Westborough voters can see Town Manager Jim Malloy's PowerPoint presentation to next Tuesday night's special town meeting right now.
Thursday, Malloy posted the 12-page document on his blog on the town's website.
Two proposed 15-year tax increment financing agreements are on the warrant for Tuesday's meeting at 7 p.m. in the Westborough High School auditorium. One would go to MicroChem Inc. and the other to Danafilms Inc.
Malloy said Thursday he'll share with voters "what the companies do; where they're locating; during the term of the TIF, what the estimated tax revenue, the increased revenues will be for the town, as well as how much the tax break that they get."
"I always try to point out on these TIFs: it's not that they're getting a reduction in the taxes that they actually pay. It's just less on the incremental increase in the value of the property."
MicroChem President Jay Cole said Wednesday his company hopes to close on its facility at 200 Flanders Road this fall, but won't move in for at least nine to 12 months.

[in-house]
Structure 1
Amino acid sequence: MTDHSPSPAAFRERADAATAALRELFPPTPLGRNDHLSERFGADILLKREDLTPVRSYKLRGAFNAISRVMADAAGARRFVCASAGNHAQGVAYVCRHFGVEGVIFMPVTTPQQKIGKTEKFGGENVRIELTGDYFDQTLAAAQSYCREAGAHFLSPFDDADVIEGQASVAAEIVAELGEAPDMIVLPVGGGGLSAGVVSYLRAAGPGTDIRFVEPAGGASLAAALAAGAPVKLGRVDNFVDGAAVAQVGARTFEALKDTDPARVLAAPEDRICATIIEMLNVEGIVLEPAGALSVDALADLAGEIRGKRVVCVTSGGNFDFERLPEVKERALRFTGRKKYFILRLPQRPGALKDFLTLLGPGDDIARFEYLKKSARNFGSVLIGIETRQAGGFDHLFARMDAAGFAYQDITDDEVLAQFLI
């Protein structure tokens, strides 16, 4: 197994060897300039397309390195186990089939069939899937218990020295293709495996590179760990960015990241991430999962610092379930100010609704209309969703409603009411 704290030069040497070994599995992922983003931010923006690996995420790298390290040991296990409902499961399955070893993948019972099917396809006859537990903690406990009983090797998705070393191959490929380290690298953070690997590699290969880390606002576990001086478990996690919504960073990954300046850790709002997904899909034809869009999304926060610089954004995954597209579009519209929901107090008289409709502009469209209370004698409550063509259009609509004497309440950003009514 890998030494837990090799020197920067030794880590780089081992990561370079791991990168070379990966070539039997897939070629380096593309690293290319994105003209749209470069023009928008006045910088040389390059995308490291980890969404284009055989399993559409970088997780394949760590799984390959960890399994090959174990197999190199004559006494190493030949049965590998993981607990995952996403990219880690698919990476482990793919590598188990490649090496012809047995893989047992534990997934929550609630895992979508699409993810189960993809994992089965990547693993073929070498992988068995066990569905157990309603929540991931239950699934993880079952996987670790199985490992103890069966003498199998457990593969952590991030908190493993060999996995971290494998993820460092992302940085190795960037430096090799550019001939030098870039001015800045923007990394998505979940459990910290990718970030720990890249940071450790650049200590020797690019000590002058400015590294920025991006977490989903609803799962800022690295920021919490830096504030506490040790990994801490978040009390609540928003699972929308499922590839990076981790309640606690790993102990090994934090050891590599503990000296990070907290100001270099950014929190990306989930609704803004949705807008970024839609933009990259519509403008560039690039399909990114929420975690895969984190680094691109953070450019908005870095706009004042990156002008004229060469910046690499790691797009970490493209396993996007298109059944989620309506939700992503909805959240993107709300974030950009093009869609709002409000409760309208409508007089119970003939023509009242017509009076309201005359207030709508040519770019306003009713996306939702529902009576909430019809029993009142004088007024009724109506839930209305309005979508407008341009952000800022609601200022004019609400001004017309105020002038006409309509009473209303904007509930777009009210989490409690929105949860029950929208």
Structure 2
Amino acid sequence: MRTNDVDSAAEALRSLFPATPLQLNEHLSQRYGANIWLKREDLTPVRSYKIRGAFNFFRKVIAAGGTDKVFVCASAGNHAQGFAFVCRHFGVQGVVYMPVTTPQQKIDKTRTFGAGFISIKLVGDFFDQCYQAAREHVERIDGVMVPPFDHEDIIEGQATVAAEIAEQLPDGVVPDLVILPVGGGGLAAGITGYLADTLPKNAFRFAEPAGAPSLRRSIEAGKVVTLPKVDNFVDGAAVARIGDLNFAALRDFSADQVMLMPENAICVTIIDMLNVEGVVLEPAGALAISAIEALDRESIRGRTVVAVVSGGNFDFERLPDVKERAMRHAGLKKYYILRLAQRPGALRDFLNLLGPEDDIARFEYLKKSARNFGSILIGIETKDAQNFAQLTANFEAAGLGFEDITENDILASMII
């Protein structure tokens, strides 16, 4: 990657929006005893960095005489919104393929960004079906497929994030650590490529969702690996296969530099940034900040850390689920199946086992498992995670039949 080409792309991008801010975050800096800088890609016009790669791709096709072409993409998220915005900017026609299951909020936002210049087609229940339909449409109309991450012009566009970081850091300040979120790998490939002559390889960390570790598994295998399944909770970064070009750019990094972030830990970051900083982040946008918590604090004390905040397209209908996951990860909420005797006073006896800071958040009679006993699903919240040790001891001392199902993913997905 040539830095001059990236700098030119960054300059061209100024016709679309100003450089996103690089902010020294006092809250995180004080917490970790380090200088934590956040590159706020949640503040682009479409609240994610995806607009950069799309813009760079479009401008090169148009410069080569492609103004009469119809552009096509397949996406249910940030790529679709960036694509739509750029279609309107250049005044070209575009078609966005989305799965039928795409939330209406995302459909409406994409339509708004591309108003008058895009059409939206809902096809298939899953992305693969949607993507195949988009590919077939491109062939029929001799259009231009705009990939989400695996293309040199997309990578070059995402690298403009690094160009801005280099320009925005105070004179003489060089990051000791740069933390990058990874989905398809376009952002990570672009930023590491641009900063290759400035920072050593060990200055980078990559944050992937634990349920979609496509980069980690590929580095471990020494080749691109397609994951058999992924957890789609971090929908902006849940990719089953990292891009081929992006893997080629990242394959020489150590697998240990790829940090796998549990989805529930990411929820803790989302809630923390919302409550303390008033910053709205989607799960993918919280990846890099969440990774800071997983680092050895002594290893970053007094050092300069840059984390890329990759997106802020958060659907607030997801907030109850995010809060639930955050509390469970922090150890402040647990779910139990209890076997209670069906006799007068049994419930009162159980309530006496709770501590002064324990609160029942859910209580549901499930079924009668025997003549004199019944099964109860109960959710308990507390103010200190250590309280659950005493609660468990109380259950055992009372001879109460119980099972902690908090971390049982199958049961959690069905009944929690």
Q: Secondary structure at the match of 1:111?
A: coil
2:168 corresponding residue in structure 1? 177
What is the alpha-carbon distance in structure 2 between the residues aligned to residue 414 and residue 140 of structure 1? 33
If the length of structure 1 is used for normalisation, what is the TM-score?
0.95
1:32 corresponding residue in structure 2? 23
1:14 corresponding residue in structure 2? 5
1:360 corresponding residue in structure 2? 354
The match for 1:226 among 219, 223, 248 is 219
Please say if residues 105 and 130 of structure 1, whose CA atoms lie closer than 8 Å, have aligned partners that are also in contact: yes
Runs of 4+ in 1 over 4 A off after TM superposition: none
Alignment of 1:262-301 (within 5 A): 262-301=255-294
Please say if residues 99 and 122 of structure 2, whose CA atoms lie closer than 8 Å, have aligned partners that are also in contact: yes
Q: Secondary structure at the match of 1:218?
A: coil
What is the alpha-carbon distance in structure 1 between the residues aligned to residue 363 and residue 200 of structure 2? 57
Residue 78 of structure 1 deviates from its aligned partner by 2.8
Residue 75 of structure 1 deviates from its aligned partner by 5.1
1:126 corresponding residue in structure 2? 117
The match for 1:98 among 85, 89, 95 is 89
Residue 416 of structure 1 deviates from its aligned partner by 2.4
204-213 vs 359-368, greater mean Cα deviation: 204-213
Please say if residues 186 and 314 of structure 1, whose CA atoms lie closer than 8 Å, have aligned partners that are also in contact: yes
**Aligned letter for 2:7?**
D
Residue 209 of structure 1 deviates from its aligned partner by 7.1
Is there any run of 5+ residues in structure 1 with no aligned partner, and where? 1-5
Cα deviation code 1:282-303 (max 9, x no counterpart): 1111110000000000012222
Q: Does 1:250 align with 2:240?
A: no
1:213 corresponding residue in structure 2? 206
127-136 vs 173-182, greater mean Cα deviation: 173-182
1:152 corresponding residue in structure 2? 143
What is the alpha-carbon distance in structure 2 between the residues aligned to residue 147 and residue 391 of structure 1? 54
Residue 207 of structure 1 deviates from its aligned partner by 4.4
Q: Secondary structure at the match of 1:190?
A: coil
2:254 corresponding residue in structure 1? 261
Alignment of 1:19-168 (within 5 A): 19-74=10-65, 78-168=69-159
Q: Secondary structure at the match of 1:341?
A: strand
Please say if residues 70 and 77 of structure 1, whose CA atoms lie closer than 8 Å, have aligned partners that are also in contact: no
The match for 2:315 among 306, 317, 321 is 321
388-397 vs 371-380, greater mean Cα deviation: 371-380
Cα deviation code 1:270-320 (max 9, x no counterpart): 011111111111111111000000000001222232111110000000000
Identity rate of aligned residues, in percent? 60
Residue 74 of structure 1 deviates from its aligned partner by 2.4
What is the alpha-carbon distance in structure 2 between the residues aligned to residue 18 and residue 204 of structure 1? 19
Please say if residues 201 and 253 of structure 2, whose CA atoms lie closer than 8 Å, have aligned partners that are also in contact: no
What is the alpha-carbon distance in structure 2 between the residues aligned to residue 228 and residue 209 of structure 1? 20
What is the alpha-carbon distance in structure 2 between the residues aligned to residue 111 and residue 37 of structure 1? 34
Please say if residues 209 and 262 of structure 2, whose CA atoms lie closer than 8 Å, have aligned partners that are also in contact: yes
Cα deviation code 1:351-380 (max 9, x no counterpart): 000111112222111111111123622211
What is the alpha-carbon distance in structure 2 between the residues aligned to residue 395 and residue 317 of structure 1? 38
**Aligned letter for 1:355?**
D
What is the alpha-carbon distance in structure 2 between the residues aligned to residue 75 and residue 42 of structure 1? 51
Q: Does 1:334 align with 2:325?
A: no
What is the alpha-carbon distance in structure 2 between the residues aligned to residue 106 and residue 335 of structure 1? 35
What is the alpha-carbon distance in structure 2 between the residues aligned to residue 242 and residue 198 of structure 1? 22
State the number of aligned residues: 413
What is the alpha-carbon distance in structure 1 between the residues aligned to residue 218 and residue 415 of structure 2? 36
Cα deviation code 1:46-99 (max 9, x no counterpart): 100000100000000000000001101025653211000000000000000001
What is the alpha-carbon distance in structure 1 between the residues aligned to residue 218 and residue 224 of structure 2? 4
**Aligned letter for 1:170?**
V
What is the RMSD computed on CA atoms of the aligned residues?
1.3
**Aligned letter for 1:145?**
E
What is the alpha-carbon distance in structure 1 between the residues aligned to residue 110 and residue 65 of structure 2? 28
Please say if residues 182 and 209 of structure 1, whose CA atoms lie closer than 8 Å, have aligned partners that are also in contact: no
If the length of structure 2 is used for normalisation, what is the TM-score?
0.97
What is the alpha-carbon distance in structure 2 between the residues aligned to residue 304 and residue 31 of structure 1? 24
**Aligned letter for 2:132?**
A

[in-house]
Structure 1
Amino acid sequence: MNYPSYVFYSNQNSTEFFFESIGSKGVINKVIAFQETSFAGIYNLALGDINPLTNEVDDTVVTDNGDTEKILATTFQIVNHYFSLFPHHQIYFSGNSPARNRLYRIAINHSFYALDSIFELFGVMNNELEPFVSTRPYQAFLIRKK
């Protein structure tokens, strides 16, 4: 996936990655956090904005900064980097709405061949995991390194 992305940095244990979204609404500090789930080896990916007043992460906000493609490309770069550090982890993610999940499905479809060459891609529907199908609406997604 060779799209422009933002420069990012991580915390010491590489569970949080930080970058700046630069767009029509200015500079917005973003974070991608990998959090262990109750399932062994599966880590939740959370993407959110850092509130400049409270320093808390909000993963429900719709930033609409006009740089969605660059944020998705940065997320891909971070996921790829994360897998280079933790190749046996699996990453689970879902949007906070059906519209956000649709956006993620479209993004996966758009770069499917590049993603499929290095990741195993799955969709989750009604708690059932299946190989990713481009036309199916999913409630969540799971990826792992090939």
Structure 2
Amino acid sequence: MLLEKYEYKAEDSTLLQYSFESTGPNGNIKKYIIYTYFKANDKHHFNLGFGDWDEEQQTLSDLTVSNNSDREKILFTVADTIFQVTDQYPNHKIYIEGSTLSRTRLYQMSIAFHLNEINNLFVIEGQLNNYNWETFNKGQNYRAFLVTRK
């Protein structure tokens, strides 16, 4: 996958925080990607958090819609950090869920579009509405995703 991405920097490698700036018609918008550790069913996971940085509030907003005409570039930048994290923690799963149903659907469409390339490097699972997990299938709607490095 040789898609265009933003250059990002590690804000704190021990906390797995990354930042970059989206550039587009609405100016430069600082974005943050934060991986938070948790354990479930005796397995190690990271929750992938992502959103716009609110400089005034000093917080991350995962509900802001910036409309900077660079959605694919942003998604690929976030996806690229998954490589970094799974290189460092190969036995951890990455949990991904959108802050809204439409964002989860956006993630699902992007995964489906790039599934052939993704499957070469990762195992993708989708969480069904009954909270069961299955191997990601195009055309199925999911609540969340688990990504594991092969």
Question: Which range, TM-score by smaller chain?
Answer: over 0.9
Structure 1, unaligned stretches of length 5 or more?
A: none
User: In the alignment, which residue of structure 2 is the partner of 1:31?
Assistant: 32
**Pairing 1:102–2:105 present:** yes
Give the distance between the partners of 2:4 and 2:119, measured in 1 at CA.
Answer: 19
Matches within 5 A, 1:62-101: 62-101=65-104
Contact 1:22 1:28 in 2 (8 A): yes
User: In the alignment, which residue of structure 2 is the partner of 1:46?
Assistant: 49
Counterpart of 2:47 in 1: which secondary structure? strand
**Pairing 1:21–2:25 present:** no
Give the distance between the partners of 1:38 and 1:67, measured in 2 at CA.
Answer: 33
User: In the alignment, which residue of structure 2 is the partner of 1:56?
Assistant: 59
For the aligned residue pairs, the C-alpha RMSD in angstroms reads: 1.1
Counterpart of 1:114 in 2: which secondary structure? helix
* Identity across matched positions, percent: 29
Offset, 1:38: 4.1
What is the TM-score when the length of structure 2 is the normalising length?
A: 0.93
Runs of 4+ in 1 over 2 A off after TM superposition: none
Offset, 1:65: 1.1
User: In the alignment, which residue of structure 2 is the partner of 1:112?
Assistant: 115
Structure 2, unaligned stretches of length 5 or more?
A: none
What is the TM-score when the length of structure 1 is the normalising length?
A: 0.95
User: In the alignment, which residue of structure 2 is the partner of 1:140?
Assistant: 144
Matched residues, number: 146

"We'll spend a great deal of money fixing it up to the standard it needs to be at," installing environmental controls and addressing other needs, Cole said.
The move would put MicroChem "in a facility all by ourselves," with room for expansion, he said.
"We found an ideal building and a great location," Cole said.
Meanwhile, Danafilms Plant Manager Clark Sylvester said Thursday the TIF would be an incentive to expand its facility at 5 Otis St.
Danafilms officials are considering two expansion sites: this one, and one in Kentucky, he said.
"We're already here. Danafilms has been here almost 40 years. We certainly want to continue being here," Sylvester said.
That said, the expansion plans are "a long process," he said.
And for that reason, "it's always a possibility" that Danafilms chooses Kentucky even if Westborough voters approve the TIF, Sylvester said.
Malloy said that if voters approve both TIFs, the board of selectmen will sign the paperwork at its Aug. 21 meeting. The documents then would go to the state Economic Assistance Coordinating Council for certification, which he believed would happen in September.
If voters reject one or both proposed TIFs, town officials would then meet with the businesses in question, "and see how that impacted their decisions," he said.
"It obviously could have a very serious detrimental impact, depending on how they choose to go forward," Malloy said.